Yates: I was filming the entire trial of the dictator in Granito: How to Nail a Dictator, General Ríos Montt. He was being tried in a Guatemalan court of law and my filmed interview with him from 1982 was shown in its entirety by the Prosecution as it rested its case. It's the first prosecution of a former head of state in his own country on charges of genocide. So it's an enormously significant case in Guatemala, in Latin America and throughout the whole world. On May 10, 2013 Ríos Montt was convicted of genocide and crimes against humanity and sentenced to 80 years in prison. I'm now making the third feature length film in the Guatemalan trilogy about this as well as releasing a series of short filmed moments from inside the courtroom called Dictator in the Dock / Dictador en el Banquillo and releasing them in Spanish and English here.
Yates: It's Guatemala and its incredible beauty and spirituality. It's a majority indigenous country and physically it is breathtaking. I think my 30 year friendship with Rigoberta Menchú always brings me back too. But it is the people of Guatemala who have never given up their spirited quest for justice for over 30 years that make for such compelling documentaries. Destiny doesn't control your life, but it does place you on a path. It's how you walk down that path that determines stories I tell.
Witnessing the trial and listening to graphic testimony must have been difficult. Were there any stories in particular that affected you more deeply than others?
Yates: One of the most difficult moments in the trial were the Maya Ixil women who testified to being raped and the objects of sexual violence and torture. It went right to the heart of the genocide claim, that the Army, the state itself killed them and their children in order to eliminate in part or in whole their community. To hear their testimony of fetuses being ripped from the wombs of mothers was utterly inhuman. These women covered their heads and faces in brightly woven shawls in order to protect their identity. Guatemalan feminists flooded the courtroom and covered their heads in the same shawls and a show of solidarity and support.
After the prosecution had put forward nearly 150 eyewitness survivors, expert witness and military documents, to rest their case, they projected the interview with General Rios Montt that I did with them in 1982 where he claims command responsibility over the Armed Forces. This was critical to prove the genocide case, because Ríos Montt's defense is that he did not know what was happening, what his officers were doing in the field. In fact they were carrying out his orders. To see the 86 year old Ríos Montt looking at his 30 year younger self projected in the courtroom was stunning. Now he looks old and weak, but in the film footage he looks strong, vital, arrogant. It was a good reminder of the absolute power he wielded as a ruthless General in 1982.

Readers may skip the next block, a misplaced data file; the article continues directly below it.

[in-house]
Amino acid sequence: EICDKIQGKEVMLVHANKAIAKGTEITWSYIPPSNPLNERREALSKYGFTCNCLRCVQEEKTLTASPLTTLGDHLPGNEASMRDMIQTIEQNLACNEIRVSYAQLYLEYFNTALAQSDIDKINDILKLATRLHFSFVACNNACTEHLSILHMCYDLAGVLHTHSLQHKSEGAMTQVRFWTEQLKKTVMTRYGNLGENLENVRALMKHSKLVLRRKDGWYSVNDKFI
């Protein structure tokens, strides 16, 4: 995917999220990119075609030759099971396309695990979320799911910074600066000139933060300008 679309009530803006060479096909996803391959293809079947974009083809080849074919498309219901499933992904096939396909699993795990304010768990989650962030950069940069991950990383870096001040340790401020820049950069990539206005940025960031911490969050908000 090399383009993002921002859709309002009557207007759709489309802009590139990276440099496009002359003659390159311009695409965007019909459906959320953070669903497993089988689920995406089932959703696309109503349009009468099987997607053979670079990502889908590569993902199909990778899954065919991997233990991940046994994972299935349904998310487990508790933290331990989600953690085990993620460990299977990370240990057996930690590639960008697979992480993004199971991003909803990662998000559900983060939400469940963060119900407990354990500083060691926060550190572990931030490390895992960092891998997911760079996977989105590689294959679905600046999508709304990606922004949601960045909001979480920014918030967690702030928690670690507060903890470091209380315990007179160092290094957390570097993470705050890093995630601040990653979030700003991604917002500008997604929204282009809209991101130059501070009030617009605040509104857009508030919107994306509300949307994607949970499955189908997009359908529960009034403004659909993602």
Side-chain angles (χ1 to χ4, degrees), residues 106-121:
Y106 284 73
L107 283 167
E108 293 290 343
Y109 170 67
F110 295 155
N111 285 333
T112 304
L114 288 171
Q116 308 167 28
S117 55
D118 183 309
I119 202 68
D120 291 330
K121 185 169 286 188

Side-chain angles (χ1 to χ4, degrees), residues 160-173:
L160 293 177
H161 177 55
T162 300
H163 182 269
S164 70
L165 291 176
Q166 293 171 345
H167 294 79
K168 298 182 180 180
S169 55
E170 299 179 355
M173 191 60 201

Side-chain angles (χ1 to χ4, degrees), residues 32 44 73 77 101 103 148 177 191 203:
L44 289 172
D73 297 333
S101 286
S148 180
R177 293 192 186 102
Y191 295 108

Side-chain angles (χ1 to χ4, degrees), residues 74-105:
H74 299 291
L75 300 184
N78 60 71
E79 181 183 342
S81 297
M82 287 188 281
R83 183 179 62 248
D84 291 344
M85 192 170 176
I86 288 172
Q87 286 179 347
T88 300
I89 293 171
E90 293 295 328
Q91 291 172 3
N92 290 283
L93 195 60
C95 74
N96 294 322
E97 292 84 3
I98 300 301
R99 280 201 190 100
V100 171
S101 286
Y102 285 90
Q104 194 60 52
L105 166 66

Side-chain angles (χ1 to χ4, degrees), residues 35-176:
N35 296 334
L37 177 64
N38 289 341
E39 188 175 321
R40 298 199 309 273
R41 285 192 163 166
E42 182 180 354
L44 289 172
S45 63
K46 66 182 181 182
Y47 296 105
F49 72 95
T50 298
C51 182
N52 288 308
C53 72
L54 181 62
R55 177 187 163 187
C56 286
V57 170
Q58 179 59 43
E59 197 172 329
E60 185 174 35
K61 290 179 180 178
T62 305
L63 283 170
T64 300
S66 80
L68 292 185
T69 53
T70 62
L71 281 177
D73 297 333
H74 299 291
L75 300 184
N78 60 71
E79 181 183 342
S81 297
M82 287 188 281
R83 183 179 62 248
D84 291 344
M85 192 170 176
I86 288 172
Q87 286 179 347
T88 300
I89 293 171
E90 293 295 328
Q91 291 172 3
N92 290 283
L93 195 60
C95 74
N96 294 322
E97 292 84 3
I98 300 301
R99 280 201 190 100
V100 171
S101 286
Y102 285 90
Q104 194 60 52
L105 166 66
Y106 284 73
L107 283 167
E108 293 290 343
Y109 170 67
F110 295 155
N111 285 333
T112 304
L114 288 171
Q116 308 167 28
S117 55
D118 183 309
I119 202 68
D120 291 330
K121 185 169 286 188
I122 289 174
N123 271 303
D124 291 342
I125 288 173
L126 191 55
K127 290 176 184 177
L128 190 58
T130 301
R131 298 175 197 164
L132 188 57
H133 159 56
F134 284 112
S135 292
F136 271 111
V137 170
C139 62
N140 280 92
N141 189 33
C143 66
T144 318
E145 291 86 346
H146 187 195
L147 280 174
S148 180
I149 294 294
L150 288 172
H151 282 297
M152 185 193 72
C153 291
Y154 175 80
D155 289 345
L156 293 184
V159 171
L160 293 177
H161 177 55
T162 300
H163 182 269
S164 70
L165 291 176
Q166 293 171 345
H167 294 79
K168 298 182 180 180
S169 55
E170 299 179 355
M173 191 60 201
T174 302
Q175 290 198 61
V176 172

After spending almost two months filming the trial what was your emotional reaction when hearing the verdict?
Yates: I was elated, I was satisfied, I was glad to be there and share the moment with all the Guatemalans and their international allies who had worked so hard for this day to come. Upon hearing the verdict, people spontaneously stood up and shouted “Justicia! Justicia!” and then began singing this gentle song by Guatemalan poet Otto Rene Castillo:
Aquí no lloró nadie
Aquí sólo queremos ser humanos
Comer, reír, enamorarse, vivir
Vivir la vida no morirla
Here, no one cried
Here, we only want to be human
Eat, laugh, fall in love, live
Live life not die
Now that the trial is over, what’s next for you?
Yates: I will work on editing the new film on the Ríos Montt trial and we are in post-production on a new film Disruption about economic human rights. It's a good news story coming from Latin America.
Your films cover topics that can sometimes leave the viewer with a heavy heart. I imagine it must have the same effect on you. Do you ever seek therapy in watching films of a completely different caliber - something like The Hangover 3?
Yates: I'm an eclectic and avid filmgoer. I try to see everything from romantic comedies to blockbusters to art house films, world cinema and documentaries. I truly value the cinema experience, the tribal gathering in the dark to watch something larger than life. I like to sit in the first row with no heads in front of mine, and become one with the screen. I always stay for the complete credits so I can linger in the film's story just a little longer.
The rise of digital technology has made it so that anyone can pick up a camera and make a movie. But, it seems harder for filmmakers to make a living off of making films. You have had a long and fruitful career as a director. Any advice for young documentarians?
Yates: The digital revolution has had a democratizing effect. Now anyone can be a filmmaker, but to be a good filmmaker is as hard as it ever was. Everyone has access to a pen and paper, but to be a great writer is difficult. Still, we now have a much bigger pool of potentially great filmmakers. And I think that is why we are seeing an explosion in the documentary filmmaking genre. I think it has gotten easier to make a living from our films, from our filmmaking. There are many more jobs in nonfiction filmmaking field and more creative DIY opportunities to get the films seen. My advice to emerging documentary filmmakers would be: try to find other people, a group, a cooperative that you can work with. Filmmaking is hard and lonely and decidedly unglamorous. Find like-minded souls and share the joy and the misery. Celebrate your victories and mark your defeats. Ultimately documentary filmmaking is not a job, it's a calling.
When the Mountains Tremble and Granito: How to Nail a Dictator are streaming for free on PBS.org through May 24 in both English and Spanish. Later this month both will be released on six platforms including Netflix and iTunes via New Video/Cinedigm.
Written by Juan Caceres and Vanessa Erazo, LatinoBuzz is a weekly feature on SydneysBuzz that highlights Latino indie talent and upcoming trends in Latino film with the specific objective of presenting a broad range of Latino voices. Follow @LatinoBuzz on Twitter and Facebook.